According to recent reports, the United States Marshal Service (USMS) and the American trading platform Robinhood have finally reached an agreement under which the platform is going to buy back shares of Sam Bankman-Fried’s Emergent Fidelity Technologies for a total of $605.7 million.
Robinhood Repurchases 55M Shares
According to a blog post published on August 31, Robinhood is reported to buy 55,273,469 shares for almost $606 million after submitting a report to the US Securities and Exchange Commission.
Purchased has been Approved by the Board
In the organization’s Q4 2022 report, Robinhood’s board of directors reported that the purchase had been approved. Jason Warnick, the chief financial officer of Robinhood, stated: “We are happy to have completed the purchase of these shares and look forward to executing on our growth plans on behalf of our customers and shareholders.”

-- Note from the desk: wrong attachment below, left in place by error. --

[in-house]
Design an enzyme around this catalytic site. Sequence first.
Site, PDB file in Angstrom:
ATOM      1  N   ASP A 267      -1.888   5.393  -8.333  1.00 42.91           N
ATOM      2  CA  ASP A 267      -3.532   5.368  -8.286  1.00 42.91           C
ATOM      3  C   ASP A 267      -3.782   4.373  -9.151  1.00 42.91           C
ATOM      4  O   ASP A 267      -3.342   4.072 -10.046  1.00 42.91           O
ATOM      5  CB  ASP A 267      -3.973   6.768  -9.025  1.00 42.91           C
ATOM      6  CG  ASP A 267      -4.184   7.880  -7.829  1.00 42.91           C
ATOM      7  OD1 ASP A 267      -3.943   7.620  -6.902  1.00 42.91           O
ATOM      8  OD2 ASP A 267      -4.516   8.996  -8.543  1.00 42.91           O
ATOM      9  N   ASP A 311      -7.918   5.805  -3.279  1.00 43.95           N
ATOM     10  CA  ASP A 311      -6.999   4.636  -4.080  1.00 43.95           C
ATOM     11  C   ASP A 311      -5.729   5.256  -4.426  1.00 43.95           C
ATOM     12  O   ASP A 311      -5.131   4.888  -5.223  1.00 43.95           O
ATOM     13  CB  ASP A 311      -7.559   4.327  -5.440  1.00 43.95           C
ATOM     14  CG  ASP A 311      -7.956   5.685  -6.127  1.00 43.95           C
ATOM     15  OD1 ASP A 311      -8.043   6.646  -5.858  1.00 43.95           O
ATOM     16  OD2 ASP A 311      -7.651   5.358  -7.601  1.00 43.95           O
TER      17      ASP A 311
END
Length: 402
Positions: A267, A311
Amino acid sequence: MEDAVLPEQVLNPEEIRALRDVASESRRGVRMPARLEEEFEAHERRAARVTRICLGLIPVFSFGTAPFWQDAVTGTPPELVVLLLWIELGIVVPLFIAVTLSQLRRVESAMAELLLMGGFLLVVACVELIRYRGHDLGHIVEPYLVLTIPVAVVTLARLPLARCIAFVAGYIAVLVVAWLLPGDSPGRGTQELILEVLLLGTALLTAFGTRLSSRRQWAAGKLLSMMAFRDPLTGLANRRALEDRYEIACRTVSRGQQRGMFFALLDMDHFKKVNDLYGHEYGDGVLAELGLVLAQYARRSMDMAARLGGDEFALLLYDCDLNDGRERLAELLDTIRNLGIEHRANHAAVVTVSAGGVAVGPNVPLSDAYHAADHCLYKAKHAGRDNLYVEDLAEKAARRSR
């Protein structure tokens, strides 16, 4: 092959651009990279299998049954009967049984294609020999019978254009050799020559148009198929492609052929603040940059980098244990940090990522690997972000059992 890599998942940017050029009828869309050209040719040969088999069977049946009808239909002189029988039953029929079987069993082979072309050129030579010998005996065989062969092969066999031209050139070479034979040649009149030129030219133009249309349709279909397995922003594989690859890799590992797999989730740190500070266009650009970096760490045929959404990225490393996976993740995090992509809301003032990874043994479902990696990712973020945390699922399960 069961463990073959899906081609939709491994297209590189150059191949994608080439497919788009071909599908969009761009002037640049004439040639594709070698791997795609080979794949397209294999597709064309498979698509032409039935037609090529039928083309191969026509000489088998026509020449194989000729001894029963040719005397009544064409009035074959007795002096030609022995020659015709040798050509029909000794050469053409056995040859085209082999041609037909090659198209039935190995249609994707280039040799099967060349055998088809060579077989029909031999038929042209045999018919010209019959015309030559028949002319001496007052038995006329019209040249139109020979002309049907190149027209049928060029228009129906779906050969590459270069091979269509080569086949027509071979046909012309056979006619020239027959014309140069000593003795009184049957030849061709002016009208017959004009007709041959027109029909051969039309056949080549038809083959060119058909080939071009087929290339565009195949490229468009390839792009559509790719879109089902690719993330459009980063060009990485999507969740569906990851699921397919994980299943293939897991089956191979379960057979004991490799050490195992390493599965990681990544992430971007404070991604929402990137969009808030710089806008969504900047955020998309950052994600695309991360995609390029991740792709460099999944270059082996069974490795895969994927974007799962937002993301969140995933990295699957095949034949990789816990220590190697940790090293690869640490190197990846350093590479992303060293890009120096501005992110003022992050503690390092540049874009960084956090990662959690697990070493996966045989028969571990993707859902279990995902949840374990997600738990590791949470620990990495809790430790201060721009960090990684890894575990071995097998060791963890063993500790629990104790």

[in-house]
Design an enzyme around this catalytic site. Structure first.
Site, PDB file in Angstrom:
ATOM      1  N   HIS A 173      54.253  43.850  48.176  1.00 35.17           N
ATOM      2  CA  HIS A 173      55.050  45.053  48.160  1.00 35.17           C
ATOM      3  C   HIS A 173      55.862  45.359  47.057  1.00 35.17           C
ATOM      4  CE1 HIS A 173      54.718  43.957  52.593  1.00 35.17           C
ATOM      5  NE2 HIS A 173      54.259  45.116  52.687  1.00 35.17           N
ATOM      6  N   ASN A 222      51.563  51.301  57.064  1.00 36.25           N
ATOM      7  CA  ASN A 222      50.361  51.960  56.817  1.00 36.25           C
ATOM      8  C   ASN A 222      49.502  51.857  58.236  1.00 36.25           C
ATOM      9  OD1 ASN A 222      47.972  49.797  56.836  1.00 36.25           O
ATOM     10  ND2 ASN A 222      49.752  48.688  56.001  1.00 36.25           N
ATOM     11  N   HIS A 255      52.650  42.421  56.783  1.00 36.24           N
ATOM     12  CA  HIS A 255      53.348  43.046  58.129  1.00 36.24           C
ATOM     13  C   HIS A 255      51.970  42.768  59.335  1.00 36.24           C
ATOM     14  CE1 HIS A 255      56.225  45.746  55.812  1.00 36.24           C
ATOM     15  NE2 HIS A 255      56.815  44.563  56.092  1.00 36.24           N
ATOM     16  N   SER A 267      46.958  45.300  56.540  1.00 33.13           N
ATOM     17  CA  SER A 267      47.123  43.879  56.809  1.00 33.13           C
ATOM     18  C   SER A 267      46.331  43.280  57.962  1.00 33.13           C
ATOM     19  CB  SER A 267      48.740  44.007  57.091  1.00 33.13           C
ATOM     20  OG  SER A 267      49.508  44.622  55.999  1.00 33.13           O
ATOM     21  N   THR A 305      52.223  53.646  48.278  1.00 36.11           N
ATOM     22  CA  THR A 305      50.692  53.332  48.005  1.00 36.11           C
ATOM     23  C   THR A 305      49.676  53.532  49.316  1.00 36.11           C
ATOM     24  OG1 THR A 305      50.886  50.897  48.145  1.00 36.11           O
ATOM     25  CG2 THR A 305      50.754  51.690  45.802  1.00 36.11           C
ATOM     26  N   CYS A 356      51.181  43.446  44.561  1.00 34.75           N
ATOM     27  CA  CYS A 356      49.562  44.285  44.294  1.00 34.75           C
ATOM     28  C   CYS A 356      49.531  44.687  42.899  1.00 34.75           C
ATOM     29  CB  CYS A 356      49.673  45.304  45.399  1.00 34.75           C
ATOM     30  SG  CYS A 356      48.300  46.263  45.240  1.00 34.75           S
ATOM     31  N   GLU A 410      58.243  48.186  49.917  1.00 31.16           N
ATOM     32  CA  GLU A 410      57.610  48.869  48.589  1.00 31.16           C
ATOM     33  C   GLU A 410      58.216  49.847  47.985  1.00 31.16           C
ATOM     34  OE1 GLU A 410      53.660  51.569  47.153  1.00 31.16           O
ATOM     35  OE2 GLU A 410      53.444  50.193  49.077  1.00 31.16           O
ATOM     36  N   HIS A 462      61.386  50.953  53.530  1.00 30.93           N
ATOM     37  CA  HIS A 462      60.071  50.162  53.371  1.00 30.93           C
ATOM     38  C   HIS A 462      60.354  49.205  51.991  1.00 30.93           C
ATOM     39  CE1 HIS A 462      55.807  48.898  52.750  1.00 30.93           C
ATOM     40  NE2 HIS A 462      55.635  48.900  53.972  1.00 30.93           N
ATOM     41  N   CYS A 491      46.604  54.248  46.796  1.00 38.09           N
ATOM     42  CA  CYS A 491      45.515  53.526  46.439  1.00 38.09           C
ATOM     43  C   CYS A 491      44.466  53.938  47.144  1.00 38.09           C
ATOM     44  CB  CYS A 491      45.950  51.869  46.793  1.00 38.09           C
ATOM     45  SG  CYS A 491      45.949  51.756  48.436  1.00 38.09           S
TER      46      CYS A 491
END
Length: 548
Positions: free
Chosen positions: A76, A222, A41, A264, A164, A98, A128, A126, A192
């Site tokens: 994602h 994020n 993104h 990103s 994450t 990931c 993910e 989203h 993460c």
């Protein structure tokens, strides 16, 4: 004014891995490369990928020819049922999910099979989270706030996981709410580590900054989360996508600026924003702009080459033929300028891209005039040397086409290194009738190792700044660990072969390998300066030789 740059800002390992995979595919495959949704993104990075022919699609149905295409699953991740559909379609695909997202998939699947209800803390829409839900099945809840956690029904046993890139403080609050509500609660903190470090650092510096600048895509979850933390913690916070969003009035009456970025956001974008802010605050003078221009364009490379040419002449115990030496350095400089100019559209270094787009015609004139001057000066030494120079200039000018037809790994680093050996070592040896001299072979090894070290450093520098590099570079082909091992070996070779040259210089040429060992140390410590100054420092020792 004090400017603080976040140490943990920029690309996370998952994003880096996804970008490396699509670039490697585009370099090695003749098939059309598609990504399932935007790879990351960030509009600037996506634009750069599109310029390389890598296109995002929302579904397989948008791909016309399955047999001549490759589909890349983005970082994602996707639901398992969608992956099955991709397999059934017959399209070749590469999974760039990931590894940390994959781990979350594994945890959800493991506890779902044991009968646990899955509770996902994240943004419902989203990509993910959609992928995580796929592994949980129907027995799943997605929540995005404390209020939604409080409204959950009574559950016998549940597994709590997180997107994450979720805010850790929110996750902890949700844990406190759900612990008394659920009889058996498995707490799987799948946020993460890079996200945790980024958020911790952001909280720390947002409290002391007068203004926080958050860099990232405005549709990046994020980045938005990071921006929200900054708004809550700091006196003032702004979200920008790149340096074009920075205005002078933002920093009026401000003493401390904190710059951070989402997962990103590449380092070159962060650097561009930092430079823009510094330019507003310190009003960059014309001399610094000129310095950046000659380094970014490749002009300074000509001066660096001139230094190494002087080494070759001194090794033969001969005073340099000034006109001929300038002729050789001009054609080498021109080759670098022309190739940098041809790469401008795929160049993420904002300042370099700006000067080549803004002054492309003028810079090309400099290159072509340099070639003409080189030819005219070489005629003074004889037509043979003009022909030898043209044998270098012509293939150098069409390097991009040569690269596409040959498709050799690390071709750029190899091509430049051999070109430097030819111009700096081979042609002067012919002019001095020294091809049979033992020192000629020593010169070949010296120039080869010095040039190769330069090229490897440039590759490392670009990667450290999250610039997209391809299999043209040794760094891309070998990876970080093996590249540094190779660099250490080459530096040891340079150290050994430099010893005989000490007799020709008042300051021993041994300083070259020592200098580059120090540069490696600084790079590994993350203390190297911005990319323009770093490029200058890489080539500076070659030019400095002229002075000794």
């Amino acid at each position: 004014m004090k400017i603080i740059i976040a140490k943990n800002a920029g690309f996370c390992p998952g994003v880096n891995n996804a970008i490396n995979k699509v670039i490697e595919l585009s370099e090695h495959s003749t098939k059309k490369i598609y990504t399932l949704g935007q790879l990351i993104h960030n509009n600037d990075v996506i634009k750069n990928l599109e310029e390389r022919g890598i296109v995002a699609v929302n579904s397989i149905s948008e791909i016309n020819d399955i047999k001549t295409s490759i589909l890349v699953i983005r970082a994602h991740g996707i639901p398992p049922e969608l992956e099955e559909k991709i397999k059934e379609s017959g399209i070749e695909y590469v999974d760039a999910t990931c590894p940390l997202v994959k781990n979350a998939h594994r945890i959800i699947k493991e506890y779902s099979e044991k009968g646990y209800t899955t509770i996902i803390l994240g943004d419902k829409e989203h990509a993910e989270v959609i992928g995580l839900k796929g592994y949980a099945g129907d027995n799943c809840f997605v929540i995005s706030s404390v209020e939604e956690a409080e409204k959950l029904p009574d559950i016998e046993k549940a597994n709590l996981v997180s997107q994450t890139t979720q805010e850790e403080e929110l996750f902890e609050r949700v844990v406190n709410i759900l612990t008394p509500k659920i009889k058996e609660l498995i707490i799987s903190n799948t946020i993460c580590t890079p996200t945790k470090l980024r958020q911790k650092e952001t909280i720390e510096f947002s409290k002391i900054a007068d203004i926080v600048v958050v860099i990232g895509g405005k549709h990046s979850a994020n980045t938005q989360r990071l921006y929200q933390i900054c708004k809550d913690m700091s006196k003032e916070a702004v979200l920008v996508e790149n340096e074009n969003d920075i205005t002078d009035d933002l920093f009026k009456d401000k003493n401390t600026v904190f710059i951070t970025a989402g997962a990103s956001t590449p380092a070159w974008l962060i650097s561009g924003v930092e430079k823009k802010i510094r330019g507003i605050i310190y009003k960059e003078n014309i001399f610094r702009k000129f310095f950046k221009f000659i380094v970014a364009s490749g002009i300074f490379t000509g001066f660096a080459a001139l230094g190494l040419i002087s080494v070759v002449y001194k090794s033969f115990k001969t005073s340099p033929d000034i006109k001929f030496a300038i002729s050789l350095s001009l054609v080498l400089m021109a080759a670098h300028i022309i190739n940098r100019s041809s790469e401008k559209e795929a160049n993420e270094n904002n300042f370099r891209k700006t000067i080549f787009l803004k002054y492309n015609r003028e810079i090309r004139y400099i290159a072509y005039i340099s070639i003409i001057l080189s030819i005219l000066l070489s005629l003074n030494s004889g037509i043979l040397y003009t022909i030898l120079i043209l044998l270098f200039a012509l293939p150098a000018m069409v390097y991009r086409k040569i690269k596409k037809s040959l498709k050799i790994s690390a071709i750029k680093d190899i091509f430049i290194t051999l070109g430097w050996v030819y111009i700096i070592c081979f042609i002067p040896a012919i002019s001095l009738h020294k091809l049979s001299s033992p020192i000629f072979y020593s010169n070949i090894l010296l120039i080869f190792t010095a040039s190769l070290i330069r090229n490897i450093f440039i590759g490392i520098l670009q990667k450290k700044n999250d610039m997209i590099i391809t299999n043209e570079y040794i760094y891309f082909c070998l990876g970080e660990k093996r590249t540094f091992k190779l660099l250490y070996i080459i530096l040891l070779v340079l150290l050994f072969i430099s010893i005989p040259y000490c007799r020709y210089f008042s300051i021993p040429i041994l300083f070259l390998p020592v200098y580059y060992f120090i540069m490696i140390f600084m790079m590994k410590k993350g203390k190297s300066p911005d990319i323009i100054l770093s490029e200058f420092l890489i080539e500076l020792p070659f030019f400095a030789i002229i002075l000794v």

Additionally, a filing with the SEC on August 30 stated that the purchase had been authorized “free and clear of any claims, interests, liens and encumbrances” by the U.S. District Court for the Southern District of New York.
Judge Lewis Kaplan Authorized the Agreement
Interestingly, US District Judge Lewis Kaplan authorized the agreement. As stated by Kaplan, who is in charge of Bankman-Fried’s criminal prosecution, Robinhood’s intended share purchase arrangement is “appropriate” and “in the best interest of the relevant.” Following the acquisition, Robinhood shares increased by more than 3% in premarket trading.
Robinhood Shares Were Used as Collateral
Notably, after Bankman-Fried’s FTX and Emergent filed for bankruptcy protection last year, the Department of Justice confiscated the shares of Robinhood that were previously held by FTX co-founder Gary Wang and Bankman-Fried through Emergent Fidelity Technologies. The platform announced its plan to repurchase the stock for the first time in February of this year, and in the same month, the board of directors approved the plan.
Meanwhile, earlier this month, Judge Kaplan ordered Bankman-Fried to be arrested in anticipation of his October trial after concluding that the former millionaire had probably manipulated witnesses while being held in his parents’ Palo Alto, California, home on a $250 million bond.